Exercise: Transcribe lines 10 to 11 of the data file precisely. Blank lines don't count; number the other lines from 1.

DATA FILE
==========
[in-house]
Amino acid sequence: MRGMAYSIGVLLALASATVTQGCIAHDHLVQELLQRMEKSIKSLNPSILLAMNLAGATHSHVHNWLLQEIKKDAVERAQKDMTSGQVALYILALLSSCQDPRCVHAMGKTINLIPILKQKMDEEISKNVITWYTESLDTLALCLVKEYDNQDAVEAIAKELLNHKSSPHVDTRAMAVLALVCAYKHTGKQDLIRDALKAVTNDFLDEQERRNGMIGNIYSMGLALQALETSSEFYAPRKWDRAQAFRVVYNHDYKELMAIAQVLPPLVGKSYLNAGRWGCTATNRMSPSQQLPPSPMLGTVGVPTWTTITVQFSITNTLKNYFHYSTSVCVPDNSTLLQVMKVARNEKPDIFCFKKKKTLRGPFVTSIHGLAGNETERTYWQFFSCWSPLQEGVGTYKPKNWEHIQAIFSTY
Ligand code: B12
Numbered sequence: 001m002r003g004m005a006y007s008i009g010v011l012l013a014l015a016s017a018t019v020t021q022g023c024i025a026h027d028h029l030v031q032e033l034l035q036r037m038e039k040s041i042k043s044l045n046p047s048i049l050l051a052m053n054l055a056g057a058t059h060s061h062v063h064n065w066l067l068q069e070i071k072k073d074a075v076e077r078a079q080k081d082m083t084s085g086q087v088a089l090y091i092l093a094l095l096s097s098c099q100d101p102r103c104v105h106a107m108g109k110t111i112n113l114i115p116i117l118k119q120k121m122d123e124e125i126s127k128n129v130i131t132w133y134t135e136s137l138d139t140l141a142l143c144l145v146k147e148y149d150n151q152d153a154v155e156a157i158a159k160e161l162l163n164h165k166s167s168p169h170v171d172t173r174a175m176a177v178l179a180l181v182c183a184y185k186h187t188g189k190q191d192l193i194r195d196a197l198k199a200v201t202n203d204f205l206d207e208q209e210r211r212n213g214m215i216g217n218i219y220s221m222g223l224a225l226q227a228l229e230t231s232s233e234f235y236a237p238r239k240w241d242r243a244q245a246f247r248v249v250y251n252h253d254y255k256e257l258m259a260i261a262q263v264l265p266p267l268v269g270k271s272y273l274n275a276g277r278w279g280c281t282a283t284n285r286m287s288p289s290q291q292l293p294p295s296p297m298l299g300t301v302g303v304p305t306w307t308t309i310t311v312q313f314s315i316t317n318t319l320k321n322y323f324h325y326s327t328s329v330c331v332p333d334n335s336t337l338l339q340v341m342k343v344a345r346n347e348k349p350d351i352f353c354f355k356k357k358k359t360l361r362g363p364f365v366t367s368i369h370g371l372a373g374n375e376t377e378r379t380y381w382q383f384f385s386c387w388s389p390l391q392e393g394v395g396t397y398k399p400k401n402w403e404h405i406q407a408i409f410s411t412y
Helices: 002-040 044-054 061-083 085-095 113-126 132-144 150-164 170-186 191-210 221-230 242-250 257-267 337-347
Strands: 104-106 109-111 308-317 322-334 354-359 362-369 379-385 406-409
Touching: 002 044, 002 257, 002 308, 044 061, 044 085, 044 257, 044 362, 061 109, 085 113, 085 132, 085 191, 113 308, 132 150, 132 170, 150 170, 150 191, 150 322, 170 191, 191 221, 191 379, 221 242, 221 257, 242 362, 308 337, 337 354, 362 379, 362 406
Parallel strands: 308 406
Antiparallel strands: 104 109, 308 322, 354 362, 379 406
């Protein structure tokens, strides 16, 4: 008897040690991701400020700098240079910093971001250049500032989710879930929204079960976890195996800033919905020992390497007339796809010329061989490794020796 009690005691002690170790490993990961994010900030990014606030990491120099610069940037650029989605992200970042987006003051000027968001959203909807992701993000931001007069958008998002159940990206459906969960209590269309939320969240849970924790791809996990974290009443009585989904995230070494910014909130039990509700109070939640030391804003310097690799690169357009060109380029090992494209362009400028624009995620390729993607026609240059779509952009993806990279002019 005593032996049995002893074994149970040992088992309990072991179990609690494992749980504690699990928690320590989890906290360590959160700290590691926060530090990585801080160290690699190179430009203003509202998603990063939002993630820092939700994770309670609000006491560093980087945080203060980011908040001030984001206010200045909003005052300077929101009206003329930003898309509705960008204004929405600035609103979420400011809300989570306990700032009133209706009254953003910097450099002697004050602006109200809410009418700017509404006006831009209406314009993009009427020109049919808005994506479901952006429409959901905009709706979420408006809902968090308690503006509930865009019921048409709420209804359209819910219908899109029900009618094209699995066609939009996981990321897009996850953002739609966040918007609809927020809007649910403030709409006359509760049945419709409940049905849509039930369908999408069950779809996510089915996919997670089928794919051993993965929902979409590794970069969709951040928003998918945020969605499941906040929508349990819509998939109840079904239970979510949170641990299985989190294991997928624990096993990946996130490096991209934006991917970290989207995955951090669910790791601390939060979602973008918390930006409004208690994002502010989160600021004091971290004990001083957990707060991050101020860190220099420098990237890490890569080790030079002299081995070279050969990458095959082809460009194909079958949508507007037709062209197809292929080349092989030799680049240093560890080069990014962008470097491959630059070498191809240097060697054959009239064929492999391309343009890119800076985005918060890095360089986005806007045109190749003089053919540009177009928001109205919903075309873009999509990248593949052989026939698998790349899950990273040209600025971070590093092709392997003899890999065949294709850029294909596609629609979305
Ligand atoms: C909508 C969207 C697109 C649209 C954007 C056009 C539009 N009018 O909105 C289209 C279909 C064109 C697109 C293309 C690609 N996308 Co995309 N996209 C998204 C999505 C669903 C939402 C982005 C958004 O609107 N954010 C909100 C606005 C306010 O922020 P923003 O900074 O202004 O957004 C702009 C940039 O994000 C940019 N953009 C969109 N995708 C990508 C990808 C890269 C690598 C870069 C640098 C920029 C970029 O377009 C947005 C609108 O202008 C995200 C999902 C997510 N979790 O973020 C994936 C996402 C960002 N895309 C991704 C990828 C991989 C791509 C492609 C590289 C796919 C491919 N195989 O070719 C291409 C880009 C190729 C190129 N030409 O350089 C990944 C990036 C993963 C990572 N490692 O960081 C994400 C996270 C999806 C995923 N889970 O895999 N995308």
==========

């Protein structure tokens, strides 16, 4: 008897040690991701400020700098240079910093971001250049500032989710879930929204079960976890195996800033919905020992390497007339796809010329061989490794020796 009690005691002690170790490993990961994010900030990014606030990491120099610069940037650029989605992200970042987006003051000027968001959203909807992701993000931001007069958008998002159940990206459906969960209590269309939320969240849970924790791809996990974290009443009585989904995230070494910014909130039990509700109070939640030391804003310097690799690169357009060109380029090992494209362009400028624009995620390729993607026609240059779509952009993806990279002019 005593032996049995002893074994149970040992088992309990072991179990609690494992749980504690699990928690320590989890906290360590959160700290590691926060530090990585801080160290690699190179430009203003509202998603990063939002993630820092939700994770309670609000006491560093980087945080203060980011908040001030984001206010200045909003005052300077929101009206003329930003898309509705960008204004929405600035609103979420400011809300989570306990700032009133209706009254953003910097450099002697004050602006109200809410009418700017509404006006831009209406314009993009009427020109049919808005994506479901952006429409959901905009709706979420408006809902968090308690503006509930865009019921048409709420209804359209819910219908899109029900009618094209699995066609939009996981990321897009996850953002739609966040918007609809927020809007649910403030709409006359509760049945419709409940049905849509039930369908999408069950779809996510089915996919997670089928794919051993993965929902979409590794970069969709951040928003998918945020969605499941906040929508349990819509998939109840079904239970979510949170641990299985989190294991997928624990096993990946996130490096991209934006991917970290989207995955951090669910790791601390939060979602973008918390930006409004208690994002502010989160600021004091971290004990001083957990707060991050101020860190220099420098990237890490890569080790030079002299081995070279050969990458095959082809460009194909079958949508507007037709062209197809292929080349092989030799680049240093560890080069990014962008470097491959630059070498191809240097060697054959009239064929492999391309343009890119800076985005918060890095360089986005806007045109190749003089053919540009177009928001109205919903075309873009999509990248593949052989026939698998790349899950990273040209600025971070590093092709392997003899890999065949294709850029294909596609629609979305
Ligand atoms: C909508 C969207 C697109 C649209 C954007 C056009 C539009 N009018 O909105 C289209 C279909 C064109 C697109 C293309 C690609 N996308 Co995309 N996209 C998204 C999505 C669903 C939402 C982005 C958004 O609107 N954010 C909100 C606005 C306010 O922020 P923003 O900074 O202004 O957004 C702009 C940039 O994000 C940019 N953009 C969109 N995708 C990508 C990808 C890269 C690598 C870069 C640098 C920029 C970029 O377009 C947005 C609108 O202008 C995200 C999902 C997510 N979790 O973020 C994936 C996402 C960002 N895309 C991704 C990828 C991989 C791509 C492609 C590289 C796919 C491919 N195989 O070719 C291409 C880009 C190729 C190129 N030409 O350089 C990944 C990036 C993963 C990572 N490692 O960081 C994400 C996270 C999806 C995923 N889970 O895999 N995308």